Generic drugs will benefit both patients and providers

The focus on branded drugs is a flaw in an otherwise world-class healthcare system

Hikma Pharmaceuticals is a fast-growing multinational pharmaceutical group founded in 1978 in Jordan. Salah Malkawi for The National
Beta V.1.0 - Powered by automated translation

In the US, as many as 90 per cent of prescription drugs are unbranded. In Germany and the UK, that figure is 80 and 78 per cent respectively. But a 2016 study by Anglo-Arabian Healthcare found that in one Abu Dhabi hospital, 95.6 per cent of all drugs prescribed were branded – a trend replicated throughout the market.

It hints at an anomaly in the UAE’s otherwise competitive healthcare system, which allows some pharmaceutical companies to maximise profits at the expense of patients.

Generic drugs can be just as effective as branded drugs but cost a fifth of the price. In a welcome move, Abu Dhabi healthcare facilities this weekend began dispensing more generic medicines. It is the latest in a package of economic reforms undertaken this year geared towards a diversification away from oil dependence and streamlining public services to be more cost-effective. T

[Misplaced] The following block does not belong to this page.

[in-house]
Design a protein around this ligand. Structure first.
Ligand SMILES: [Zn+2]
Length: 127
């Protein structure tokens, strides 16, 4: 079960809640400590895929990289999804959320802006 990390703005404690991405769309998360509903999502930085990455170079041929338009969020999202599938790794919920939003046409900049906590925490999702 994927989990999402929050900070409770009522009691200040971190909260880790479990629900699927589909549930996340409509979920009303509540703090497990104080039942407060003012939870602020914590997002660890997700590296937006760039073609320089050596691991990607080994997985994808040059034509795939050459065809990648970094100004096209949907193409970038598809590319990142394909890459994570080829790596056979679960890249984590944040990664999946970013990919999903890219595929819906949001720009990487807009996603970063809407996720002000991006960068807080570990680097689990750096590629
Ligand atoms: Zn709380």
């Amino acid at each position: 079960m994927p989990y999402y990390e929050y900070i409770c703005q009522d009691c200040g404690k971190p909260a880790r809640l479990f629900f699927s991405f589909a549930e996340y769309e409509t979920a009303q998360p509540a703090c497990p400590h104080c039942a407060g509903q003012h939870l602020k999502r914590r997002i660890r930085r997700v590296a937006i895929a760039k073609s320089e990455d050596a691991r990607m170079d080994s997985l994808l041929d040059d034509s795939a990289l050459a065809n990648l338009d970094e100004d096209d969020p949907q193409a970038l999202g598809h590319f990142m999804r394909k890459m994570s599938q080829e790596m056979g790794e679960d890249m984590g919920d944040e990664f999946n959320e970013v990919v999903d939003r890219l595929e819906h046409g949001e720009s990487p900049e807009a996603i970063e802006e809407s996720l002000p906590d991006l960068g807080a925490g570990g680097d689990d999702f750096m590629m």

here are clear benefits for all in offering cheaper medical alternatives to patients and healthcare providers and aligning the UAE’s health system.

Health insurance professionals have long called for doctors to prescribe more generic drugs. And while patients will see a noticeable difference, it is providers themselves who will benefit most. Experts say they could save Dh2.3 billion a year by prescribing effective non-brand pharmaceuticals – money that could be better spent elsewhere, because prescribing mostly branded drugs can lead to abuse and waste across the healthcare system.

As The National reported in 2016, some doctors in the UAE receive commissions from drug companies to prescribe branded products, which could incentivise them to prescribe more. There is no reason why prescription drugs should be taken if they are not needed while in the case of antibiotics, over-prescription can reduce their efficacy in the long-term.

If this policy is to be successful, a mindset change is required among those who assume that generic drugs are not as effective as branded pharmaceuticals. The Department of Health has given options for those who still prefer brands to pay the difference.

Meanwhile everyone else will pay less for medication, freeing up revenue to be reinvested in the UAE's evolving healthcare system.